Ahead of the Bell: US durable goods

Orders to US factories for long-lasting manufactured goods expected to show drop in April

Associated Press
US durable goods orders stumbled in February
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In this March 13, 2015 photo, a worker inspects a new 2015 aluminum-alloy body Ford F-150 truck at the company's Kansas City Assembly Plant, in Claycomo, Mo. The Commerce Department releases its February report on durable goods on Wednesday, March 25, 2015. (AP Photo/Charlie Riedel)

WASHINGTON (AP) -- The Commerce Department releases its April report on orders to U.S. factories for durable goods at 8:30 a.m. Eastern Tuesday.

ORDERS DOWN: The expectation that orders for durable goods, items expected to last at least three years, fell by 0.5 percent in April, according to a survey of economists by data firm FactSet.

MANUFACTURING SLOWDOWN: Manufacturing has gone through a slowdown, hurt by a strong dollar and economic weakness overseas.

Demand in a key category that is viewed as a proxy for business investment spending has been weak since last August. This sector did manage a tiny 0.1 percent advance in March and analysts will be watching closely to see if there is a further increase in April.

One problem has been in the energy sector, which has cut back on investment plans in response to the sharp fall in global energy prices over the past year.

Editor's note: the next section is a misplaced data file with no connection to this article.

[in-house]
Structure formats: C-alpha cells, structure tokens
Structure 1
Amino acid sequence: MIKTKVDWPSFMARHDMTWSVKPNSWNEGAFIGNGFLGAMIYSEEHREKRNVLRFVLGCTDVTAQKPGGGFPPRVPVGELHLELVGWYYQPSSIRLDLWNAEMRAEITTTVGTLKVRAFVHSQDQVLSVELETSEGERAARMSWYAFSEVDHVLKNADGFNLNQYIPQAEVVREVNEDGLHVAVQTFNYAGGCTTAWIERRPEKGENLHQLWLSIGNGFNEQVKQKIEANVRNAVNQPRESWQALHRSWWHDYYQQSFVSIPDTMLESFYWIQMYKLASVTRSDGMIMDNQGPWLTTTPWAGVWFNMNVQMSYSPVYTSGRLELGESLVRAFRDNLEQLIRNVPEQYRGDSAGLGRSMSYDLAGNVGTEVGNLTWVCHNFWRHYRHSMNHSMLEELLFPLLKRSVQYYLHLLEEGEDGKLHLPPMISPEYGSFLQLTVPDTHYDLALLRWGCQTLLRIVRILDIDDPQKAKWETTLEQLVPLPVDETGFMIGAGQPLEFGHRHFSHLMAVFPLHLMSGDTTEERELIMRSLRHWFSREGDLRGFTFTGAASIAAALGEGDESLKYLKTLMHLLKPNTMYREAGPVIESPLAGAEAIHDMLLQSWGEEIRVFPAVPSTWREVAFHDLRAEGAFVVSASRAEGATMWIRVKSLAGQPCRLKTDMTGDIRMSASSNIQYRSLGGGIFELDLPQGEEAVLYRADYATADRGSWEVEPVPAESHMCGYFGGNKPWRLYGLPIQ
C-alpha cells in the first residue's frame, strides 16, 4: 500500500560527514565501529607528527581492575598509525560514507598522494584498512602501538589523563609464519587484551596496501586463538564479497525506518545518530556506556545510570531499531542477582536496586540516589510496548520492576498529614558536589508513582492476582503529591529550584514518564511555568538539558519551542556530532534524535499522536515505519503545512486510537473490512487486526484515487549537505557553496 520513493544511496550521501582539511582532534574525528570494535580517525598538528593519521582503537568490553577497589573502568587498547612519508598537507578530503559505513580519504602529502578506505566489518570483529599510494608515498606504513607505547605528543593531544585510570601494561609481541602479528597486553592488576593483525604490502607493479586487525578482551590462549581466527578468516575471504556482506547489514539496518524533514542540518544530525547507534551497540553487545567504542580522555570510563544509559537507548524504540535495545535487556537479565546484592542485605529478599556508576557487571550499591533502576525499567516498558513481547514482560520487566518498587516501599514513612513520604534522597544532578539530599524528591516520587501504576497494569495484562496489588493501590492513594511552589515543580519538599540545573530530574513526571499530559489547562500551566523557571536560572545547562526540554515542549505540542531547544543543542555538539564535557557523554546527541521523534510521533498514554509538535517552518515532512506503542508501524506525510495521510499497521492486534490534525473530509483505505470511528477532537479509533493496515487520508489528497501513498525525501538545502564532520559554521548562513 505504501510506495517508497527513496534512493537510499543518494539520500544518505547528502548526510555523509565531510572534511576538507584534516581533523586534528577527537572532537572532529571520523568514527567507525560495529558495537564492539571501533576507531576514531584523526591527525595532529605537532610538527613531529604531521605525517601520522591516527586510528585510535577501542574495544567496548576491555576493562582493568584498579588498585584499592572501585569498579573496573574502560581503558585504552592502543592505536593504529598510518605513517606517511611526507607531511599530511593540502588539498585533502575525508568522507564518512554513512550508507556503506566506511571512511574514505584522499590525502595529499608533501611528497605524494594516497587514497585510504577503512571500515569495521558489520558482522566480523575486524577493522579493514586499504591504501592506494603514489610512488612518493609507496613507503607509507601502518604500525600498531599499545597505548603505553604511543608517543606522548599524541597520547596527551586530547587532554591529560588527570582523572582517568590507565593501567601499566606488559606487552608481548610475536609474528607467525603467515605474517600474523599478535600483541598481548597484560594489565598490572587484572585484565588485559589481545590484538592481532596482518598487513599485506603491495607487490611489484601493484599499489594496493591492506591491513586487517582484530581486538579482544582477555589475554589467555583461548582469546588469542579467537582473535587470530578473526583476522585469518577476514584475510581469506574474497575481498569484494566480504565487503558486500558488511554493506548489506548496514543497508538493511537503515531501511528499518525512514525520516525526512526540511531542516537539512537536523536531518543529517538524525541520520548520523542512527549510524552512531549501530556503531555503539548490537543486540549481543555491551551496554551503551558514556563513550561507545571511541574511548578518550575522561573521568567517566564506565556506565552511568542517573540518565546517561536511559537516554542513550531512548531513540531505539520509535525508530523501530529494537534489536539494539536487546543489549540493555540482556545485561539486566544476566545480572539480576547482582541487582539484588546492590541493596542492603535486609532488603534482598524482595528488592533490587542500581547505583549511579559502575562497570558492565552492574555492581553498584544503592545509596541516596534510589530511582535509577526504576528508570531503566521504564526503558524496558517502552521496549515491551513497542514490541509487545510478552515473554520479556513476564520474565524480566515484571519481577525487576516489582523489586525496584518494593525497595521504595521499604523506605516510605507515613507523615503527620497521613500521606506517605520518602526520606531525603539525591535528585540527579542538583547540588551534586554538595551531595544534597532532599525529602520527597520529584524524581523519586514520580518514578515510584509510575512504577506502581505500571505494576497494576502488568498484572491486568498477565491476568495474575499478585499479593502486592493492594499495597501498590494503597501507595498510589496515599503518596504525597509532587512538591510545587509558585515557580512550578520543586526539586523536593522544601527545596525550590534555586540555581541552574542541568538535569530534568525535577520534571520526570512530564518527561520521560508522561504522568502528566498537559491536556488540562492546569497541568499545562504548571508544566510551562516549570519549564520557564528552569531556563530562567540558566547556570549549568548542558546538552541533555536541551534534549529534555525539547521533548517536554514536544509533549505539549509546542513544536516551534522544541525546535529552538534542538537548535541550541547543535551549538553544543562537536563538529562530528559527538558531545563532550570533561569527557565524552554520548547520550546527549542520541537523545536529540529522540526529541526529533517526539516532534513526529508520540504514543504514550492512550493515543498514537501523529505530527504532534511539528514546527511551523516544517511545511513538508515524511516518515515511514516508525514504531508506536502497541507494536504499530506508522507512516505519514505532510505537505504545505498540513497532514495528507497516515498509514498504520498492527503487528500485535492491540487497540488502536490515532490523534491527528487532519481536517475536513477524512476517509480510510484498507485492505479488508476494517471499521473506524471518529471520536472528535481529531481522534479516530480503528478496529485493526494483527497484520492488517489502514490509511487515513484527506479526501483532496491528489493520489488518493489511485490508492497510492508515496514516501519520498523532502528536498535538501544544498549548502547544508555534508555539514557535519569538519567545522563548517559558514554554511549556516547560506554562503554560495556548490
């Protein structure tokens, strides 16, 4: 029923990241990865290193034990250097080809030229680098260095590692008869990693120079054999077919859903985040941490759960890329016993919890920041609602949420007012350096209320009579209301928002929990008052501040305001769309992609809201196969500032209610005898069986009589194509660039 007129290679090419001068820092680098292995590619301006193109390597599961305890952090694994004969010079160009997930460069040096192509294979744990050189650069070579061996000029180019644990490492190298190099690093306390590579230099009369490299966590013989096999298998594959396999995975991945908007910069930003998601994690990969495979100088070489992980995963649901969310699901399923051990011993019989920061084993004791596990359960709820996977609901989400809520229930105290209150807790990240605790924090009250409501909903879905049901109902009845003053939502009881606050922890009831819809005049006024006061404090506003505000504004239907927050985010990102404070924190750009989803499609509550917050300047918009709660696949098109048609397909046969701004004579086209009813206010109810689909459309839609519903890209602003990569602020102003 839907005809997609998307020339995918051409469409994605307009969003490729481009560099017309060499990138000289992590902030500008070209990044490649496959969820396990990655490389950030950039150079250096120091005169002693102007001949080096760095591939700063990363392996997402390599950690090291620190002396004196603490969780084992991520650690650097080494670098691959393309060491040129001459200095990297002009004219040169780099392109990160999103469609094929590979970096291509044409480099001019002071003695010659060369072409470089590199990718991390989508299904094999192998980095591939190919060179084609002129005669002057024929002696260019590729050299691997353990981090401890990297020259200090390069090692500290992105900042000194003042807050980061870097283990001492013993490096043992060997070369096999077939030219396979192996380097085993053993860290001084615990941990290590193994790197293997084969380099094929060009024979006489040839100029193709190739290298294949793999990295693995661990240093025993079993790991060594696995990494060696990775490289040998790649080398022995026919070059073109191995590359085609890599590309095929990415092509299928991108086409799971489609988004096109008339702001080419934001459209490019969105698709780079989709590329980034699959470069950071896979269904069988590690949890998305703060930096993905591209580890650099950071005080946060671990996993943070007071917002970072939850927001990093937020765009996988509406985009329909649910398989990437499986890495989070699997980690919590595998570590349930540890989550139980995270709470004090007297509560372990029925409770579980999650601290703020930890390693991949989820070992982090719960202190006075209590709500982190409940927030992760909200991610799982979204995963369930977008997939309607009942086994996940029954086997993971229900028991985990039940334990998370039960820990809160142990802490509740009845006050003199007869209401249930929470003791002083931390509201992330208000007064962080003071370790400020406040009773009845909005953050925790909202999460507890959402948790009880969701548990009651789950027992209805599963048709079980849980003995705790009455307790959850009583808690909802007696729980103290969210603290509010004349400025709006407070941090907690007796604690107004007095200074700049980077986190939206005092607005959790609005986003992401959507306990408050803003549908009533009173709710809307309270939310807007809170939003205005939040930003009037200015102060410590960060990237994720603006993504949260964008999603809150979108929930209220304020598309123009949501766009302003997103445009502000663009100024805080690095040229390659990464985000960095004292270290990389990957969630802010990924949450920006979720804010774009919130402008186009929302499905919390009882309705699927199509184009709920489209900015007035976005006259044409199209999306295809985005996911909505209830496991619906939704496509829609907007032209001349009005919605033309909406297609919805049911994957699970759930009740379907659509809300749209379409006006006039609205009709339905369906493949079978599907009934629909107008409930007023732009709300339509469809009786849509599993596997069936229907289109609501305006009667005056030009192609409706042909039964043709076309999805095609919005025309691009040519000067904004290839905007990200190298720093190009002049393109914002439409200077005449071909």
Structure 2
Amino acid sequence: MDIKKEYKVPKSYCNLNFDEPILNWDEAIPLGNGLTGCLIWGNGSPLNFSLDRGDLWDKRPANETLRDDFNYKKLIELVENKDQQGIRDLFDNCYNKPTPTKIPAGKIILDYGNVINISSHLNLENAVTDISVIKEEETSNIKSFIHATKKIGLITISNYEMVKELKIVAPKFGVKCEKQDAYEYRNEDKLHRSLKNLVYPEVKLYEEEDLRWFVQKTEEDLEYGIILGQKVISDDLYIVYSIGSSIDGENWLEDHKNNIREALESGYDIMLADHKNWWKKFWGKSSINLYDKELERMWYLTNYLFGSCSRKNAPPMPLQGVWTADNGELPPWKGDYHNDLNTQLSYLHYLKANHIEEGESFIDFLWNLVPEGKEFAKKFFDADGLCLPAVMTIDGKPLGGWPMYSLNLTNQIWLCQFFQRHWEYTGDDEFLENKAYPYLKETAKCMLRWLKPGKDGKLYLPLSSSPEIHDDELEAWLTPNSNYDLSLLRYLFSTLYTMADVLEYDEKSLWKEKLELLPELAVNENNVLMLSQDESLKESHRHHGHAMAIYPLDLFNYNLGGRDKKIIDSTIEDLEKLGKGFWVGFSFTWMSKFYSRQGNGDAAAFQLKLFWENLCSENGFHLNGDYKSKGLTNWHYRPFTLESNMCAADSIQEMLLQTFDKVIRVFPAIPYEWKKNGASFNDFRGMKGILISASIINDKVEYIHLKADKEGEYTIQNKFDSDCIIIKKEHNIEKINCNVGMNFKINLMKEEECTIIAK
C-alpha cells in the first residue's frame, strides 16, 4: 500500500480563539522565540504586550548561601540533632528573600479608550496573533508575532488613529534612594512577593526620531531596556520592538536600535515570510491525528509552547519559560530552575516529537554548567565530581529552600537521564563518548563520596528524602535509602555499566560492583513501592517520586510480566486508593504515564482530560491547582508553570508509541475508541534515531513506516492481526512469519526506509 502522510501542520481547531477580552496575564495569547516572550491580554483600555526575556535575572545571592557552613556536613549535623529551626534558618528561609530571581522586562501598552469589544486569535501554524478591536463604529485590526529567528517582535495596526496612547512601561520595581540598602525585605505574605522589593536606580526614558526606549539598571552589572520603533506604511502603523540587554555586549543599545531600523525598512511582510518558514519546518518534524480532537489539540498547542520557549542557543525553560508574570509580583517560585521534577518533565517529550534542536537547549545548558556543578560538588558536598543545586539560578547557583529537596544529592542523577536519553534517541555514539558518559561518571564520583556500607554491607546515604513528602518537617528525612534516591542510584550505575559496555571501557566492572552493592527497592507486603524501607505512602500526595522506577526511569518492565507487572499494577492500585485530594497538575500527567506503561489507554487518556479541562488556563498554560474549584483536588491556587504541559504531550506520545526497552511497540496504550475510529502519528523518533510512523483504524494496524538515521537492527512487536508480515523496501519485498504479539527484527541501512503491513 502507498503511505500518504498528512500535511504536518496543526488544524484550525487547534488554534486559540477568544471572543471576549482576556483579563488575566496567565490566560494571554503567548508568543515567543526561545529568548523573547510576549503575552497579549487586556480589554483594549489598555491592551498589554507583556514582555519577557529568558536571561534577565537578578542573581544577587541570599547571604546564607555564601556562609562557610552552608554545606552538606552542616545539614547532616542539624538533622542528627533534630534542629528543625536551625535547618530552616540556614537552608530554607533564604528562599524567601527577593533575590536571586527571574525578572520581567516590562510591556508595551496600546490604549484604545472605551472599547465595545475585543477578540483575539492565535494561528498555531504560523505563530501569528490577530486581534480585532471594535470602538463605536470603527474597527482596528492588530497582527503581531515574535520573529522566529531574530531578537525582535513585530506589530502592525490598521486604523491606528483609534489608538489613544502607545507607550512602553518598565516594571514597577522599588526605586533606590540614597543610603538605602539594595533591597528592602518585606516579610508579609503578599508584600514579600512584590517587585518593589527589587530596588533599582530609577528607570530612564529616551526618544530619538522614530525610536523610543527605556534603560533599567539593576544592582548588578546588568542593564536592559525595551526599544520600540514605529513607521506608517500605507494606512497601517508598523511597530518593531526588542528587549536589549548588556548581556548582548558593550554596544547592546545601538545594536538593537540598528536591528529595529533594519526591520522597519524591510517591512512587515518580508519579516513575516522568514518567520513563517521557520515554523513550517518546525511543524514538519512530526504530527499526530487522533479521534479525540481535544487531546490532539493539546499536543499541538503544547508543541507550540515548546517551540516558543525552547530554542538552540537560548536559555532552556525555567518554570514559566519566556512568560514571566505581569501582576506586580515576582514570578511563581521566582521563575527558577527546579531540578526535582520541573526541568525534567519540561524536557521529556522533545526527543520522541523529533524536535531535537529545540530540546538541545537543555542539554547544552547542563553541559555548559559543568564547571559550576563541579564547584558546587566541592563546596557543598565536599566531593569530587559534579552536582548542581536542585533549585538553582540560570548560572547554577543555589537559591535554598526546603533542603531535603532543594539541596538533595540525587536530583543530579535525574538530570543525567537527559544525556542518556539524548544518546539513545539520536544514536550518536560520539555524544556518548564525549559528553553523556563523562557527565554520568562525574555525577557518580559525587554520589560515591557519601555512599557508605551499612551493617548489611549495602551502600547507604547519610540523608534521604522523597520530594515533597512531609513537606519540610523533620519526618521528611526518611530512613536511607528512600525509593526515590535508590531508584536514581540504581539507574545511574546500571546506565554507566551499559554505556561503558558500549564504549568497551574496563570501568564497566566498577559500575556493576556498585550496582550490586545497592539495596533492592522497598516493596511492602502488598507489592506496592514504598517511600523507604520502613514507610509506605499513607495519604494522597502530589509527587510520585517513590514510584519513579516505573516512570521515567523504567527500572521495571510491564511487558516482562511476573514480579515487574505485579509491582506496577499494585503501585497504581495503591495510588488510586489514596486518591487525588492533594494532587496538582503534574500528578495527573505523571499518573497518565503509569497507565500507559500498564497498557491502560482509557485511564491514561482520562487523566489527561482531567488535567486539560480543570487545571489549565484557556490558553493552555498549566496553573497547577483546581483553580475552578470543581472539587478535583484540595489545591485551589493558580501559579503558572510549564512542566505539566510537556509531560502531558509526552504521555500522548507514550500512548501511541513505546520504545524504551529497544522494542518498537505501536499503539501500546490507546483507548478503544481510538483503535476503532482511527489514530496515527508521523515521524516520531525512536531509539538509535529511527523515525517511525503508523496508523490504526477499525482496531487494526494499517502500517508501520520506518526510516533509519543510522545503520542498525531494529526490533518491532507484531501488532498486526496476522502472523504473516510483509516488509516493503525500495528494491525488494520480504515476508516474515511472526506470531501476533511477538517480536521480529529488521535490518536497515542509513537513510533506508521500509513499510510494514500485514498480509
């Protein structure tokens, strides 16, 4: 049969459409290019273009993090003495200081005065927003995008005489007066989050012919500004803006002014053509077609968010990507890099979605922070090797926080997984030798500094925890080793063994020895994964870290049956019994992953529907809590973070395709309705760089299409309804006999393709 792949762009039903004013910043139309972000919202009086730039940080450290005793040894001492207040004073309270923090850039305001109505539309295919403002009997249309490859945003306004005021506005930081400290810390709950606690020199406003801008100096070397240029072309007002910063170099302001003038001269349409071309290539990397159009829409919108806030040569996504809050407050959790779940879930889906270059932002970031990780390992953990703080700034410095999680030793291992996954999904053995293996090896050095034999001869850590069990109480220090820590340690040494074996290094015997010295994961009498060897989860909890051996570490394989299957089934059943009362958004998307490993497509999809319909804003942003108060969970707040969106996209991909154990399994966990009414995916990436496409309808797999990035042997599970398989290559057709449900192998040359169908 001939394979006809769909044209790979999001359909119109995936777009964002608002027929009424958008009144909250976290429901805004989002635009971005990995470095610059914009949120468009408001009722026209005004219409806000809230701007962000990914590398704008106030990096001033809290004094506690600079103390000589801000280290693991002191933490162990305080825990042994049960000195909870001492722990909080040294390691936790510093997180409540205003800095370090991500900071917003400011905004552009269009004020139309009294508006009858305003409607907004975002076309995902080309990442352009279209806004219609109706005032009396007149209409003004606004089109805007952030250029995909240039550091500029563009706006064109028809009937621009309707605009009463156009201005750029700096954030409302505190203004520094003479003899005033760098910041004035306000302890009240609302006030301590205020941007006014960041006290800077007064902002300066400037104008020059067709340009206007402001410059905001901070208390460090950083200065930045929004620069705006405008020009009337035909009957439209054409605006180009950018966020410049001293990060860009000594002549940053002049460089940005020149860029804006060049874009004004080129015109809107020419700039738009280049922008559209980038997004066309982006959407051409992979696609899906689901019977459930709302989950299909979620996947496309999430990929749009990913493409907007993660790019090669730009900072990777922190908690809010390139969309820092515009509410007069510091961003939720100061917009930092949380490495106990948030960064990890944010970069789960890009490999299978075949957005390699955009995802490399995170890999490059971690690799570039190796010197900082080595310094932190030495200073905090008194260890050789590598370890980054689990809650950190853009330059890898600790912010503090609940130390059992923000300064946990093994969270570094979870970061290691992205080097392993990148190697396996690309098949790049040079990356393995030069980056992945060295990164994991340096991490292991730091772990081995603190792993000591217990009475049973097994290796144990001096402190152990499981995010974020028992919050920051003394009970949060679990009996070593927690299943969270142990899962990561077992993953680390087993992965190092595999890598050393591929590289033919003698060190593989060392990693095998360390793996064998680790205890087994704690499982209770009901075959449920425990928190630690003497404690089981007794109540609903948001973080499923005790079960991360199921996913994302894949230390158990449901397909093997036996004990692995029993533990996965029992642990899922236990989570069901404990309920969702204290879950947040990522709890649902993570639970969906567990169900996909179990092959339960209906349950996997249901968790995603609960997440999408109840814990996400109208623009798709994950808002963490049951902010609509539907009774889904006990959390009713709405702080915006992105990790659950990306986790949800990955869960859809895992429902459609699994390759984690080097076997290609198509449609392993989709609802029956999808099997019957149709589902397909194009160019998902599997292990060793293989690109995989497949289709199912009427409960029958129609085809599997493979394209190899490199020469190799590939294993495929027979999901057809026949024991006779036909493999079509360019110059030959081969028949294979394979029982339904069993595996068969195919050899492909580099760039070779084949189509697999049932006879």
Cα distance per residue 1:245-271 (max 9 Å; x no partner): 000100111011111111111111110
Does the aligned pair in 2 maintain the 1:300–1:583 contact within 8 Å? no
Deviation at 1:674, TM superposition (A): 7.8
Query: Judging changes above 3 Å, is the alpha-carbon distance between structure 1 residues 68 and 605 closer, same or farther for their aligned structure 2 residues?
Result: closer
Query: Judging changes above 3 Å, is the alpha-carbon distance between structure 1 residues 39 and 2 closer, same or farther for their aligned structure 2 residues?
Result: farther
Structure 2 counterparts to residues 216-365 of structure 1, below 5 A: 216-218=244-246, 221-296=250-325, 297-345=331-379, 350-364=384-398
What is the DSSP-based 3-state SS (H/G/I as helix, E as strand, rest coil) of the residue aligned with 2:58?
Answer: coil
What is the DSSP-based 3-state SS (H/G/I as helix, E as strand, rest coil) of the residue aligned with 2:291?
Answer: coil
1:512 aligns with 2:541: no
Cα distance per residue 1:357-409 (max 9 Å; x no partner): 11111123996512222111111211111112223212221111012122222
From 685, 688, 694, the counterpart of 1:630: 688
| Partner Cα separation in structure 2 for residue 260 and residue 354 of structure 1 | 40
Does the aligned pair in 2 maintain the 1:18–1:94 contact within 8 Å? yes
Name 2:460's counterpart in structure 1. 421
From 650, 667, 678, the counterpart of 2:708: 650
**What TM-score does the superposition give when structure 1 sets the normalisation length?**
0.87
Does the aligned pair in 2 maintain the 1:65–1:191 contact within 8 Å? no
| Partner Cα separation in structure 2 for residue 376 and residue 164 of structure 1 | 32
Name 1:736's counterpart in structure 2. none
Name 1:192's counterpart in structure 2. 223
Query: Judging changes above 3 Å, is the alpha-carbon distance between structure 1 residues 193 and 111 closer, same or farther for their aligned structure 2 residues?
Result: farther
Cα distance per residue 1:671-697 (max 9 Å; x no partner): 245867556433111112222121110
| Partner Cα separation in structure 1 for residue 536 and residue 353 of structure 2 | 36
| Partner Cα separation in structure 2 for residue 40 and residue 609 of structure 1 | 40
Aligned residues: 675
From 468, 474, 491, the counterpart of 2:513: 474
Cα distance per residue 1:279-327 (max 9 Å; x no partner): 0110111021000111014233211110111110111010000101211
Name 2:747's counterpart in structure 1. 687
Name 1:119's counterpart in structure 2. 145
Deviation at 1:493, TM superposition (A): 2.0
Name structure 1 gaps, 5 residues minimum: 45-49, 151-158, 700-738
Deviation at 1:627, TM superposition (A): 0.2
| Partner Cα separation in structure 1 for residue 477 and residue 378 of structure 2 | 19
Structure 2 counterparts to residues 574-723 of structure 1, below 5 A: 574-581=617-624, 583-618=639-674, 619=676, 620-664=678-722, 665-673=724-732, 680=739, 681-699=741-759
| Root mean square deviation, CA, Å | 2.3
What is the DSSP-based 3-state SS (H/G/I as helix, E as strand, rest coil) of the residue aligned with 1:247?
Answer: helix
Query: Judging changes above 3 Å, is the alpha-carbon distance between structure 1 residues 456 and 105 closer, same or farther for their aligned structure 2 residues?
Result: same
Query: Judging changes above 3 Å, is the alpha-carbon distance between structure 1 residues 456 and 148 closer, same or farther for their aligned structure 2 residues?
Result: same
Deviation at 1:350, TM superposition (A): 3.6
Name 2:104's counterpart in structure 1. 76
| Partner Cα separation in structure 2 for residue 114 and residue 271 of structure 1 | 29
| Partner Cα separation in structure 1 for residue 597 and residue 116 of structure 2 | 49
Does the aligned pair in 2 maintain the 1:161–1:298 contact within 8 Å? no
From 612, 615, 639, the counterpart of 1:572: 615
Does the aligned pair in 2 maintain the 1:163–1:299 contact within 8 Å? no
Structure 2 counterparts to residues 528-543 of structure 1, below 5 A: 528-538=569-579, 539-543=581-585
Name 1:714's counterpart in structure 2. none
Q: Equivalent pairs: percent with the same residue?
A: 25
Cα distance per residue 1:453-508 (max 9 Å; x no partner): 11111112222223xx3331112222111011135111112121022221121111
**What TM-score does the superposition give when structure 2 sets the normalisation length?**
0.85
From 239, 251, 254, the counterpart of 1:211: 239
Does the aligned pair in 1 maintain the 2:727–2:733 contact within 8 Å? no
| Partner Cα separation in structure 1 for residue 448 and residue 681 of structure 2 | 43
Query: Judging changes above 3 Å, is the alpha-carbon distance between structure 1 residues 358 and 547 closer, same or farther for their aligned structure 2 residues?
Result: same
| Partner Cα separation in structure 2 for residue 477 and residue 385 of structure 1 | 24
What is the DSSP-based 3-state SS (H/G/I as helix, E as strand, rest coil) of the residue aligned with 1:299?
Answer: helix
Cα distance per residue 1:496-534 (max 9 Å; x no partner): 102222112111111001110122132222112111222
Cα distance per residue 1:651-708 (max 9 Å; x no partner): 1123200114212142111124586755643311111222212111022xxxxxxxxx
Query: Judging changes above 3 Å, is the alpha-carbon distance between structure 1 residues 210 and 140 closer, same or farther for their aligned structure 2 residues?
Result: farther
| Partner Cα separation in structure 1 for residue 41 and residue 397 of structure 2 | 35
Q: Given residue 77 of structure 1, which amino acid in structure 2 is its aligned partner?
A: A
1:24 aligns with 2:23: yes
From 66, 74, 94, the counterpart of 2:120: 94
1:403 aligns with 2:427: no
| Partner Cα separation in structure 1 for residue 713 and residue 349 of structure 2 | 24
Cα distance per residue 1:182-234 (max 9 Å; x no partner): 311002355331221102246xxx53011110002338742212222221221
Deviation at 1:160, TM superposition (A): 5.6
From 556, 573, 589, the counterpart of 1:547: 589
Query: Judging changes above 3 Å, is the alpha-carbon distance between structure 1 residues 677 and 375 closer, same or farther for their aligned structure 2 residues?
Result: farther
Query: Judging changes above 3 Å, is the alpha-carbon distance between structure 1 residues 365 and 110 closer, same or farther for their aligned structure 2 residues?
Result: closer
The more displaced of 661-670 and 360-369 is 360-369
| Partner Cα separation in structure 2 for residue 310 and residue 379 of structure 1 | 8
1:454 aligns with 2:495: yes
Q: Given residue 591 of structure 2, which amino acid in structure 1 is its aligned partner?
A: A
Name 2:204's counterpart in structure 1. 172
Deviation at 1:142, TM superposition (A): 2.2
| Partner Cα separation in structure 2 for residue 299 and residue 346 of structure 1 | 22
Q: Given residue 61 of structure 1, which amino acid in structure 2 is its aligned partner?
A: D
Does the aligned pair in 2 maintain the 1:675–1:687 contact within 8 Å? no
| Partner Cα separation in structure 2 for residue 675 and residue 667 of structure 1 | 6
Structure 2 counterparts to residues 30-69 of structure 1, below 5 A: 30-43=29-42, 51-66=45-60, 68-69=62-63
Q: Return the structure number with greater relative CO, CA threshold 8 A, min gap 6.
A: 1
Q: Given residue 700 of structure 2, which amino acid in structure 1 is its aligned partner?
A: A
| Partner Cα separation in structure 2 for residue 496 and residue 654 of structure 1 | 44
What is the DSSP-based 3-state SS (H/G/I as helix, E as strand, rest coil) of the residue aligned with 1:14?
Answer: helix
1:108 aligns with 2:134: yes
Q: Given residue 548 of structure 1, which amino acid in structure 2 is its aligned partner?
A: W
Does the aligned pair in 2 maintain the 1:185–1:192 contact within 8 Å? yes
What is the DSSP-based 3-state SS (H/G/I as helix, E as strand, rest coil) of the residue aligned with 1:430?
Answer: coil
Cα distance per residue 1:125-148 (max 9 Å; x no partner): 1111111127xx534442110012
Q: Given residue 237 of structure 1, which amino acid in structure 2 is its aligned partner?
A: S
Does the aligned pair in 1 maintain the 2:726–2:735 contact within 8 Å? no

U.S. factories have been struggling with weak exports, which have been clipped by a big rise in the value of the dollar. A stronger dollar makes U.S. exports more expensive in overseas markets. It also lowers the cost of imported goods, making them more attractive for American consumers.

The overall economy, as measured by the gross domestic product, grew at a meager annual rate of 0.2 percent in the January-March quarter, according to the government's first estimate. That figure will be revised on Friday and many economists believe it will show that GDP actually contracted in the first three months of the year at an annual rate of around 0.6 percent.

But economists believe there was a rebound in activity in the April-June quarter with many expecting growth to recover to a rate of 2 percent or better.

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